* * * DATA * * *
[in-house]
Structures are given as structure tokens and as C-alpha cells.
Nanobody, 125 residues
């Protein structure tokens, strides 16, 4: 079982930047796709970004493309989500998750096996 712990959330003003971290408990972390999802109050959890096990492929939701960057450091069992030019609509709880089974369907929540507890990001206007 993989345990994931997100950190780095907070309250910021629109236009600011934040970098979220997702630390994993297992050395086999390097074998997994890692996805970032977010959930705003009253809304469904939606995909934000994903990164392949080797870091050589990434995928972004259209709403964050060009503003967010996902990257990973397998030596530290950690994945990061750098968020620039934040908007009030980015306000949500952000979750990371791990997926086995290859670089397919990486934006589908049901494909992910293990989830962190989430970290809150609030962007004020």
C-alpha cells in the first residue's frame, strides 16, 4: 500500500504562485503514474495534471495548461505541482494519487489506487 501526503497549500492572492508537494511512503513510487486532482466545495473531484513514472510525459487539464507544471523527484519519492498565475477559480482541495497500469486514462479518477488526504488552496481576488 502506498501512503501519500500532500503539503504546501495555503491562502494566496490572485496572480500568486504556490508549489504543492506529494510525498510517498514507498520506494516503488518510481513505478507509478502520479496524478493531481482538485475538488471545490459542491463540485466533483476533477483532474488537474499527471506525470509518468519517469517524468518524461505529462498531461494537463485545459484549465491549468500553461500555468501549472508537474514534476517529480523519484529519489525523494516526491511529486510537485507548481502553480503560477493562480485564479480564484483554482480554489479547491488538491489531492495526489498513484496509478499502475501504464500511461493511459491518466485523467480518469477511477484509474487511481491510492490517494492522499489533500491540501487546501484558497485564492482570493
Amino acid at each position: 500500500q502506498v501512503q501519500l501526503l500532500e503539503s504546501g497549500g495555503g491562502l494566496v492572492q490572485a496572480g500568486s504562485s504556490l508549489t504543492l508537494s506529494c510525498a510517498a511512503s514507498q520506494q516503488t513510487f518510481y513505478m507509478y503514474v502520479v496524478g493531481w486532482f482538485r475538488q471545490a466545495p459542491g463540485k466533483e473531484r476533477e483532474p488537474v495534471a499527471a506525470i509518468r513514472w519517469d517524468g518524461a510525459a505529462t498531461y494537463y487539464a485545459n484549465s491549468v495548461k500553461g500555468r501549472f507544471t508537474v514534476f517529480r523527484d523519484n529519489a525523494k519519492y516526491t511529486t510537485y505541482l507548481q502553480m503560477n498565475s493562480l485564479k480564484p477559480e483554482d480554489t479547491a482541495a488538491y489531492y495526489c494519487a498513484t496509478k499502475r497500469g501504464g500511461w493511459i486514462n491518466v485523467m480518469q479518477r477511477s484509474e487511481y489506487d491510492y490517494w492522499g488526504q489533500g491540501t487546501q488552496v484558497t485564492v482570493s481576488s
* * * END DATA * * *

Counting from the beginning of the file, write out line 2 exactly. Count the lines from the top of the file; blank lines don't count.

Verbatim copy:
Structures are given as structure tokens and as C-alpha cells.